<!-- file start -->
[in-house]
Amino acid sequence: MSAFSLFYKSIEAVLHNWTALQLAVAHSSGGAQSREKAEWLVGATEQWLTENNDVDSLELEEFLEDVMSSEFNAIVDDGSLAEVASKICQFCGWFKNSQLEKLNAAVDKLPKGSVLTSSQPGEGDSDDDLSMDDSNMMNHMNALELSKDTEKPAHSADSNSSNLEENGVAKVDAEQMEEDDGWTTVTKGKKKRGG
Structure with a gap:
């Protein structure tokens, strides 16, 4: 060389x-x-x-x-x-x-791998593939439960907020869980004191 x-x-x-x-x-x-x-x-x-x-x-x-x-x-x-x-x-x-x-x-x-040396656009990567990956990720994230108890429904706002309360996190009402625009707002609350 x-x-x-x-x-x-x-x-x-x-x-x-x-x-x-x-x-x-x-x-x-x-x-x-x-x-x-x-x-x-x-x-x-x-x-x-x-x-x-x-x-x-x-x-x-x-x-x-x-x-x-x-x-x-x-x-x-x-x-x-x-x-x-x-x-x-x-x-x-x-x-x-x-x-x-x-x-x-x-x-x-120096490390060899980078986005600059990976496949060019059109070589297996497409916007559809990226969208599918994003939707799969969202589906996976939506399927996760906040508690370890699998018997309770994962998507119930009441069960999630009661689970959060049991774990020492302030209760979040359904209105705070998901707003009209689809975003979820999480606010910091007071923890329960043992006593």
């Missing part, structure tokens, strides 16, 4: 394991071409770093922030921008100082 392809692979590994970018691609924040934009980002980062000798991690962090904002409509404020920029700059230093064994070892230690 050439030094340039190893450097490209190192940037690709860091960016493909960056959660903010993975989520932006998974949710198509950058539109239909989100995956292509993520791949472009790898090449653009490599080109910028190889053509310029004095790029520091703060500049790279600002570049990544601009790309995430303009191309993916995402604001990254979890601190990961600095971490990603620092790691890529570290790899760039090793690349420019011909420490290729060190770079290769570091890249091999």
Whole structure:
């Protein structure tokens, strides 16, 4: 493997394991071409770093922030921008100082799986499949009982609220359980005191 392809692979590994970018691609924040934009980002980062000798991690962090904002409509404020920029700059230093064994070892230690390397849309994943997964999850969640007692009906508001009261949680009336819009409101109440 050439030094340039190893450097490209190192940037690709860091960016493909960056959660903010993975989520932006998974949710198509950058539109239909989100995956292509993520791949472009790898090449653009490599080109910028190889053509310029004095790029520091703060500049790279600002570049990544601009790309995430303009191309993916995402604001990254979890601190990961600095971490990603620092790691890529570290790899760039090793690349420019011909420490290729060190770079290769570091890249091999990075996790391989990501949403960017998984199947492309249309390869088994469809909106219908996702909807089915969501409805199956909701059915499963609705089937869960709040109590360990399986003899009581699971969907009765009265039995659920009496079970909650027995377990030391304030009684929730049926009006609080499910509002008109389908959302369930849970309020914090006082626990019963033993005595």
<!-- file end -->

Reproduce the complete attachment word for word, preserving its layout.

[in-house]
Amino acid sequence: MSAFSLFYKSIEAVLHNWTALQLAVAHSSGGAQSREKAEWLVGATEQWLTENNDVDSLELEEFLEDVMSSEFNAIVDDGSLAEVASKICQFCGWFKNSQLEKLNAAVDKLPKGSVLTSSQPGEGDSDDDLSMDDSNMMNHMNALELSKDTEKPAHSADSNSSNLEENGVAKVDAEQMEEDDGWTTVTKGKKKRGG
Structure with a gap:
């Protein structure tokens, strides 16, 4: 060389x-x-x-x-x-x-791998593939439960907020869980004191 x-x-x-x-x-x-x-x-x-x-x-x-x-x-x-x-x-x-x-x-x-040396656009990567990956990720994230108890429904706002309360996190009402625009707002609350 x-x-x-x-x-x-x-x-x-x-x-x-x-x-x-x-x-x-x-x-x-x-x-x-x-x-x-x-x-x-x-x-x-x-x-x-x-x-x-x-x-x-x-x-x-x-x-x-x-x-x-x-x-x-x-x-x-x-x-x-x-x-x-x-x-x-x-x-x-x-x-x-x-x-x-x-x-x-x-x-x-120096490390060899980078986005600059990976496949060019059109070589297996497409916007559809990226969208599918994003939707799969969202589906996976939506399927996760906040508690370890699998018997309770994962998507119930009441069960999630009661689970959060049991774990020492302030209760979040359904209105705070998901707003009209689809975003979820999480606010910091007071923890329960043992006593």
């Missing part, structure tokens, strides 16, 4: 394991071409770093922030921008100082 392809692979590994970018691609924040934009980002980062000798991690962090904002409509404020920029700059230093064994070892230690 050439030094340039190893450097490209190192940037690709860091960016493909960056959660903010993975989520932006998974949710198509950058539109239909989100995956292509993520791949472009790898090449653009490599080109910028190889053509310029004095790029520091703060500049790279600002570049990544601009790309995430303009191309993916995402604001990254979890601190990961600095971490990603620092790691890529570290790899760039090793690349420019011909420490290729060190770079290769570091890249091999």
Whole structure:
């Protein structure tokens, strides 16, 4: 493997394991071409770093922030921008100082799986499949009982609220359980005191 392809692979590994970018691609924040934009980002980062000798991690962090904002409509404020920029700059230093064994070892230690390397849309994943997964999850969640007692009906508001009261949680009336819009409101109440 050439030094340039190893450097490209190192940037690709860091960016493909960056959660903010993975989520932006998974949710198509950058539109239909989100995956292509993520791949472009790898090449653009490599080109910028190889053509310029004095790029520091703060500049790279600002570049990544601009790309995430303009191309993916995402604001990254979890601190990961600095971490990603620092790691890529570290790899760039090793690349420019011909420490290729060190770079290769570091890249091999990075996790391989990501949403960017998984199947492309249309390869088994469809909106219908996702909807089915969501409805199956909701059915499963609705089937869960709040109590360990399986003899009581699971969907009765009265039995659920009496079970909650027995377990030391304030009684929730049926009006609080499910509002008109389908959302369930849970309020914090006082626990019963033993005595």